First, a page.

Assumption about the Use of PPE
According to EPA’s June 29, 2022, press release, EPA will not assume that personal protective equipment (PPE) will always be properly used in occupational settings in its future risk determinations, including for Part 2 of the risk evaluation for asbestos, even though some facilities might be using PPE as one means to reduce workers’ exposures. EPA states that it understands that there could be occupational safety protections in place at workplace locations. Not assuming use of PPE “reflects EPA’s recognition that unreasonable risk may exist for subpopulations of workers that may be highly exposed because they are not covered by Occupational Safety and Health Administration (OSHA) standards, their employers are out of compliance with OSHA standards, or because OSHA has not issued a permissible exposure limit,” however. EPA states that its decision “should not be viewed as an indication that EPA believes there is widespread non-compliance with applicable OSHA standards. Use of PPE and other ways industry protects its workers, will be assessed during the risk evaluation but will only be considered during risk management as a potential way to address unreasonable risks.”
The Asbestos Part 2 risk evaluation will be interesting to observe as it evolves. EPA is meeting its obligation to review legacy uses of asbestos, but it is not clear what regulatory action EPA might take if EPA finds that asbestos that is already in place in, for example, buildings, presents an unreasonable risk. EPA regulations regarding asbestos remediation are already stringent and include, for example, reporting requirements for releases (including disposal) of friable asbestos in quantities as low as 1 pound (i.e., 0.454 kg), and re-entry requirements following the removal of asbestos-containing materials (e.g., average concentration of five asbestos air samples in affected space is not statistically different than the average concentration of five asbestos air samples in an unaffected space and the average of three field blanks).
Advocates may object that EPA is excluding use of talc as a cosmetic product from the COU of asbestos but, as EPA states, talc (and any asbestos impurity) when used as a cosmetic is excluded from the definition of a chemical substance under TSCA and thus beyond TSCA authority. On the other hand, EPA is evaluating the presence of asbestos as an impurity in talc used for non-cosmetic purposes, such as talc in toy crime-scene kits. It remains to be seen how EPA will address the potential for asbestos impurity in other mined materials. For example, will EPA assume that all vermiculite, a component in a variety of products, contains or may contain a certain level of asbestos? Or will EPA limit this assumption to vermiculite produced prior to 1990?
It is notable that EPA states that it has identified additional information through “systematic review.” EPA has been criticized for inadequate systematic review in its initial risk evaluations, but has stated that its reviews were “sufficient” to support reissuing the risk determinations in final to inform risk management (in, for example, the updated cyclic aliphatic bromide cluster (HBCD) risk evaluation) without re-assessing the systematic review. Interestingly, the final scope of Asbestos Part 2 states that the literature strategy employed included “reevaluation of all references used in Part 1.” It is unclear, however, why EPA would have to reevaluate existing references from Asbestos Part 1, since it already concluded in the proposed risk management rule that its risk evaluation that was based on the now defunct 2018 Application of Systematic Review in TSCA Risk Evaluations satisfied the scientific standards under TSCA Section 26. This begs the question whether EPA is doing so in Asbestos Part 2 preemptively to avoid anticipated challenges to its systematic review in Asbestos Part 1, where the adequacy and selection of information sources appeared to be based on whether they supported a predetermined outcome.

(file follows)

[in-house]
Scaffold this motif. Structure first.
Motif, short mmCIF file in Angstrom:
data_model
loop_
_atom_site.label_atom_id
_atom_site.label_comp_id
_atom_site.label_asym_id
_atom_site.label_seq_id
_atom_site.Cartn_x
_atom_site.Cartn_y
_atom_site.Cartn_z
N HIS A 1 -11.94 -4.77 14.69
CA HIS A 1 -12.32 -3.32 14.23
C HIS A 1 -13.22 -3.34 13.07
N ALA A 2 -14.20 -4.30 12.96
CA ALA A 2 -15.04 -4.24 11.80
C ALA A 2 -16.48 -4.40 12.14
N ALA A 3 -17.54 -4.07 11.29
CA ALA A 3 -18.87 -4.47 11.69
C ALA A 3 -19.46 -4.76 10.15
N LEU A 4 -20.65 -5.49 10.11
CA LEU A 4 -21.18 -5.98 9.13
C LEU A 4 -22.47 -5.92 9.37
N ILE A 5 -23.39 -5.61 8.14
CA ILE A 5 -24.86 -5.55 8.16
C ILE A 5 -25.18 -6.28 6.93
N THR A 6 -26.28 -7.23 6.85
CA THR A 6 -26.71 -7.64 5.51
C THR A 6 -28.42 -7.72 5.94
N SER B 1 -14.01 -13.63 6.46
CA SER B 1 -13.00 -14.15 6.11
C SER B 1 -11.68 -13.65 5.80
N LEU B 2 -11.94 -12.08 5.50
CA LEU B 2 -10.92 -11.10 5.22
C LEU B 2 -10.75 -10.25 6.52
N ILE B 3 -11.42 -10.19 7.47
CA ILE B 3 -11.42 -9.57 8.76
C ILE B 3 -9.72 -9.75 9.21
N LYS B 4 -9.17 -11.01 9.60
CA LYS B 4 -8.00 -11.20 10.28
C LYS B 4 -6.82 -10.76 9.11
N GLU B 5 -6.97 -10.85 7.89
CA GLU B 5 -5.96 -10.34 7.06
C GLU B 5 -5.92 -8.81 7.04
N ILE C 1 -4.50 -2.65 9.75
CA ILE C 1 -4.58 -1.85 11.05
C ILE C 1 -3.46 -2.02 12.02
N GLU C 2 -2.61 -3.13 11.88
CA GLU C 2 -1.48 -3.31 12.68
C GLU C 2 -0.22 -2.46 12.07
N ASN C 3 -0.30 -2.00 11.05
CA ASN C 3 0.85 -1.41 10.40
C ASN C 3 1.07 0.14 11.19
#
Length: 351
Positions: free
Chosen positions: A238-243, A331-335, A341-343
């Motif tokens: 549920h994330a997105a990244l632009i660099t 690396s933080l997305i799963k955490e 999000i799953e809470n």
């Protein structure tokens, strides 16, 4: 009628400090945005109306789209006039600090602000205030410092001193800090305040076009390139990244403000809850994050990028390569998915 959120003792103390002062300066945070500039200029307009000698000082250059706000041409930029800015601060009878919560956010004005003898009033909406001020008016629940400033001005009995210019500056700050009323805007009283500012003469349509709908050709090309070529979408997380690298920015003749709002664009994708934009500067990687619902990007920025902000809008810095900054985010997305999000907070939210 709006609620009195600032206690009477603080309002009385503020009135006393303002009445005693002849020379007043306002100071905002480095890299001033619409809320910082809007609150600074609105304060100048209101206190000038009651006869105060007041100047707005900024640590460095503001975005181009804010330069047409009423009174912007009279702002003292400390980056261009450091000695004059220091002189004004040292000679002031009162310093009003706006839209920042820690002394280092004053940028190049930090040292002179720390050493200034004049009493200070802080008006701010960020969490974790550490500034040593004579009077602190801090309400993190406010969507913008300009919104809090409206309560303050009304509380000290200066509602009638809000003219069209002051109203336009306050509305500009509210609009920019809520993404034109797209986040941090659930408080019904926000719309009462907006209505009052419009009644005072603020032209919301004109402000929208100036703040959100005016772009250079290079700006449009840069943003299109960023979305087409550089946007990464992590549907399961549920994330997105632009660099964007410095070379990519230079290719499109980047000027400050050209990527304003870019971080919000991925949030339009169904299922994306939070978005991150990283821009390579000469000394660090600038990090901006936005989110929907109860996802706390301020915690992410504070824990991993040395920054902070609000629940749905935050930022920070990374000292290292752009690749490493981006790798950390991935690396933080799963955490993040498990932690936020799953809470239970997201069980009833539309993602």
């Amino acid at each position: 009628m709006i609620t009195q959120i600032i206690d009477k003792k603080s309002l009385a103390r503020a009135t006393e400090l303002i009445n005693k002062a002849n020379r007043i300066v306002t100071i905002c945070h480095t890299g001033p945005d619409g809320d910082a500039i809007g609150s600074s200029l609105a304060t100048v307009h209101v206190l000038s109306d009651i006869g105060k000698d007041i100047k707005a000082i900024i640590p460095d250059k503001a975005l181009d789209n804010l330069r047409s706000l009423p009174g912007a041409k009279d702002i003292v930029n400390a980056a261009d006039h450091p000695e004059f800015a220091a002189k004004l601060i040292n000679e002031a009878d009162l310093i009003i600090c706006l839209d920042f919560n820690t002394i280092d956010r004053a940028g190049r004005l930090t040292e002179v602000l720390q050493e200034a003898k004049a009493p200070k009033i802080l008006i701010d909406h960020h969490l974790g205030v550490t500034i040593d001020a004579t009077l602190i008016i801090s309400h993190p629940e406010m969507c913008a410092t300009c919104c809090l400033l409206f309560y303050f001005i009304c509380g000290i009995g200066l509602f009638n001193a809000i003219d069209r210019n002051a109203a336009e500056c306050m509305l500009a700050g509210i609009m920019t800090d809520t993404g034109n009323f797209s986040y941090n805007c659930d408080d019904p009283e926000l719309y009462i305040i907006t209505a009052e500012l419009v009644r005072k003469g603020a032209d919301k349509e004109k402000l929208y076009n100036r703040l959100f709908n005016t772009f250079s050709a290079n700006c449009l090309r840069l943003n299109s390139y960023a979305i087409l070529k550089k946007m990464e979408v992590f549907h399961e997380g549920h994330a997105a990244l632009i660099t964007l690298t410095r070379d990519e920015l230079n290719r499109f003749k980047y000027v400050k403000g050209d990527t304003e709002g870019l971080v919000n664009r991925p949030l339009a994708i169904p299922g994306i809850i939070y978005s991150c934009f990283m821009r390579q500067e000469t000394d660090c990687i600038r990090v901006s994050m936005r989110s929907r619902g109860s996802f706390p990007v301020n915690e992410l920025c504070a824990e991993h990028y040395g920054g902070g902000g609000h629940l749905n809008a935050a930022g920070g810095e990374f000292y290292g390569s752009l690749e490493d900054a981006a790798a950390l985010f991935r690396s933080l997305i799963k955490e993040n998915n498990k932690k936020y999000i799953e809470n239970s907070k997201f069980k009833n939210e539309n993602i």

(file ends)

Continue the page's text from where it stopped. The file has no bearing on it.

Beyond the issues with systematic review, it will be interesting to see how EPA evaluates exposure data in Asbestos Part 2. As readers may recall, EPA used various substitution methods for “non-detect” observations in Asbestos Part 1, including substitution with the full detection limit. This approach is, however, inconsistent with the best available science, as articulated by EPA in its 2008 Directive titled Framework for Investigating Asbestos-Contaminated Superfund Sites.
Bergeson & Campbell, P.C. (B&C®) acknowledges the difficult position that EPA is in with regard to completing its risk evaluations within the statutory deadlines. This goal is further complicated by EPA’s continued position of having to “build the plane as it flies it.” For example, EPA is test-driving a draft systematic review protocol on Asbestos Part 2 that was issued in 2021, evaluated by the TSCA Science Advisory Committee on Chemicals (SACC) in 2022, yet not final as of the date of this posting. To complicate matters, EPA will likely be fielding challenges, both administrative and legal, on Asbestos Part 1 that could impact Asbestos Part 2, once it issues in final the risk management rule for Asbestos Part 1. We anticipate that potential challenges to the risk management rule on Asbestos Part 1 will serve as a litmus test for EPA’s interpretation of the best available science and weight of scientific evidence under TSCA Section 26. As noted above, however, B&C questions whether EPA’s position that its decisions on the first ten risk evaluations, as exemplified in the HBCD revised risk determination, were “sufficient” will survive legal challenge, recognizing that TSCA requires use of the “best available science,” not “sufficient available science.”
B&C encourages stakeholders to follow EPA’s work on existing chemical substances, including those substances that may not be part of their portfolios (e.g., asbestos). We recognize the burden of doing so, however, each decision that EPA makes in its risk evaluations has the potential to set precedents for its assessments on other existing chemical substances. The short list of issues discussed above relating to systematic review and EPA’s approach to evaluating “non-detect” observations, provide substantive examples of EPA’s decision-making that suggest insufficient rigor and questionable statutory compliance in its evaluations. Therefore, we encourage readers to review Asbestos Part 2, to consider generally applicable issues that may impact their chemistries, and to consider submitting public comments when EPA issues the draft Asbestos Part 2 risk evaluation.